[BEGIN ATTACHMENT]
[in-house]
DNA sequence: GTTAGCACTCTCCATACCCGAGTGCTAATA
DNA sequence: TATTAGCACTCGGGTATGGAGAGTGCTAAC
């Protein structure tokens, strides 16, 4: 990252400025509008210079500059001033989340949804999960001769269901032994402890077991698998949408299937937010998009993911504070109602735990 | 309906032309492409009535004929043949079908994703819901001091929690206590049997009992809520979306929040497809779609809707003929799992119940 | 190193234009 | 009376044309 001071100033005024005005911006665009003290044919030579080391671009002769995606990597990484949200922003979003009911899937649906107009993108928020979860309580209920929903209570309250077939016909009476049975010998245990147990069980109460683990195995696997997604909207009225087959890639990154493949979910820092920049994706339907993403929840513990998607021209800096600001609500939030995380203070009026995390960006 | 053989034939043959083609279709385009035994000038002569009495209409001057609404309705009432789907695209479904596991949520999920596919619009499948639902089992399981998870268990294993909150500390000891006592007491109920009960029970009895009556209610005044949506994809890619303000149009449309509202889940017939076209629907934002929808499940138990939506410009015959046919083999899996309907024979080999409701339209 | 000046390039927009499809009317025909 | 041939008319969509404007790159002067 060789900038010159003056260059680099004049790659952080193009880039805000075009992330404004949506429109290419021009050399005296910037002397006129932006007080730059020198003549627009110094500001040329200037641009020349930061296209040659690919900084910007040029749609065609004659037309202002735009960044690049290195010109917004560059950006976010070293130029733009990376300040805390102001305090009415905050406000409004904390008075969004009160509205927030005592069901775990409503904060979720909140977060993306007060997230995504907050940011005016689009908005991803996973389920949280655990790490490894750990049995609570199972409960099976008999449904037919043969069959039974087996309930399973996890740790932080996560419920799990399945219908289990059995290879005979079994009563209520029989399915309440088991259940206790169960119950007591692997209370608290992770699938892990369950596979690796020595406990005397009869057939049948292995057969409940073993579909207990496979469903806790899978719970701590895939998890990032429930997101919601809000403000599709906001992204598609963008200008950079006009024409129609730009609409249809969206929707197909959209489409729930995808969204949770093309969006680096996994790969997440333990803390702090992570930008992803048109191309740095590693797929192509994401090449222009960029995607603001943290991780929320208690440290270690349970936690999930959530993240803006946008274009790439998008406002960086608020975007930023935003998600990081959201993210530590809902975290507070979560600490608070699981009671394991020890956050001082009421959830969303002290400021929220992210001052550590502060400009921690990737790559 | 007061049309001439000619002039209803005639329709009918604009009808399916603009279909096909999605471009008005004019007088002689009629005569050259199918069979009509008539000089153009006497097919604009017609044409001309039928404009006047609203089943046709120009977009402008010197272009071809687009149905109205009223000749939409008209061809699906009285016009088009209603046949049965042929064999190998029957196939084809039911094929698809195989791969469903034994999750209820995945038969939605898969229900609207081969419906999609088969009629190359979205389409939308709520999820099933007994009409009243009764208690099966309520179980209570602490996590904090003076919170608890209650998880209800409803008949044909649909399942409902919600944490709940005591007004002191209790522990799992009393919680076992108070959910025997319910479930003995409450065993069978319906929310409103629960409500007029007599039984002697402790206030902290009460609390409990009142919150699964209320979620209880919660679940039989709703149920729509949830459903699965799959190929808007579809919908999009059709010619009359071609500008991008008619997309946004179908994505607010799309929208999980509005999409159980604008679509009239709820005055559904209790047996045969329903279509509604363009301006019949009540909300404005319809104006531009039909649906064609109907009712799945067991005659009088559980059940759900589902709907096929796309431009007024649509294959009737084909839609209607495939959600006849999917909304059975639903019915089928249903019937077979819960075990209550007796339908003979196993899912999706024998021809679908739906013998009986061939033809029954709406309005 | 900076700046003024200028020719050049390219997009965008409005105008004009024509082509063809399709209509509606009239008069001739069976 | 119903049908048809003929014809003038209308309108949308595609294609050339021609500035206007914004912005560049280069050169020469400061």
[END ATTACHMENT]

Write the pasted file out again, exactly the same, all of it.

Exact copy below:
[in-house]
DNA sequence: GTTAGCACTCTCCATACCCGAGTGCTAATA
DNA sequence: TATTAGCACTCGGGTATGGAGAGTGCTAAC
């Protein structure tokens, strides 16, 4: 990252400025509008210079500059001033989340949804999960001769269901032994402890077991698998949408299937937010998009993911504070109602735990 | 309906032309492409009535004929043949079908994703819901001091929690206590049997009992809520979306929040497809779609809707003929799992119940 | 190193234009 | 009376044309 001071100033005024005005911006665009003290044919030579080391671009002769995606990597990484949200922003979003009911899937649906107009993108928020979860309580209920929903209570309250077939016909009476049975010998245990147990069980109460683990195995696997997604909207009225087959890639990154493949979910820092920049994706339907993403929840513990998607021209800096600001609500939030995380203070009026995390960006 | 053989034939043959083609279709385009035994000038002569009495209409001057609404309705009432789907695209479904596991949520999920596919619009499948639902089992399981998870268990294993909150500390000891006592007491109920009960029970009895009556209610005044949506994809890619303000149009449309509202889940017939076209629907934002929808499940138990939506410009015959046919083999899996309907024979080999409701339209 | 000046390039927009499809009317025909 | 041939008319969509404007790159002067 060789900038010159003056260059680099004049790659952080193009880039805000075009992330404004949506429109290419021009050399005296910037002397006129932006007080730059020198003549627009110094500001040329200037641009020349930061296209040659690919900084910007040029749609065609004659037309202002735009960044690049290195010109917004560059950006976010070293130029733009990376300040805390102001305090009415905050406000409004904390008075969004009160509205927030005592069901775990409503904060979720909140977060993306007060997230995504907050940011005016689009908005991803996973389920949280655990790490490894750990049995609570199972409960099976008999449904037919043969069959039974087996309930399973996890740790932080996560419920799990399945219908289990059995290879005979079994009563209520029989399915309440088991259940206790169960119950007591692997209370608290992770699938892990369950596979690796020595406990005397009869057939049948292995057969409940073993579909207990496979469903806790899978719970701590895939998890990032429930997101919601809000403000599709906001992204598609963008200008950079006009024409129609730009609409249809969206929707197909959209489409729930995808969204949770093309969006680096996994790969997440333990803390702090992570930008992803048109191309740095590693797929192509994401090449222009960029995607603001943290991780929320208690440290270690349970936690999930959530993240803006946008274009790439998008406002960086608020975007930023935003998600990081959201993210530590809902975290507070979560600490608070699981009671394991020890956050001082009421959830969303002290400021929220992210001052550590502060400009921690990737790559 | 007061049309001439000619002039209803005639329709009918604009009808399916603009279909096909999605471009008005004019007088002689009629005569050259199918069979009509008539000089153009006497097919604009017609044409001309039928404009006047609203089943046709120009977009402008010197272009071809687009149905109205009223000749939409008209061809699906009285016009088009209603046949049965042929064999190998029957196939084809039911094929698809195989791969469903034994999750209820995945038969939605898969229900609207081969419906999609088969009629190359979205389409939308709520999820099933007994009409009243009764208690099966309520179980209570602490996590904090003076919170608890209650998880209800409803008949044909649909399942409902919600944490709940005591007004002191209790522990799992009393919680076992108070959910025997319910479930003995409450065993069978319906929310409103629960409500007029007599039984002697402790206030902290009460609390409990009142919150699964209320979620209880919660679940039989709703149920729509949830459903699965799959190929808007579809919908999009059709010619009359071609500008991008008619997309946004179908994505607010799309929208999980509005999409159980604008679509009239709820005055559904209790047996045969329903279509509604363009301006019949009540909300404005319809104006531009039909649906064609109907009712799945067991005659009088559980059940759900589902709907096929796309431009007024649509294959009737084909839609209607495939959600006849999917909304059975639903019915089928249903019937077979819960075990209550007796339908003979196993899912999706024998021809679908739906013998009986061939033809029954709406309005 | 900076700046003024200028020719050049390219997009965008409005105008004009024509082509063809399709209509509606009239008069001739069976 | 119903049908048809003929014809003038209308309108949308595609294609050339021609500035206007914004912005560049280069050169020469400061």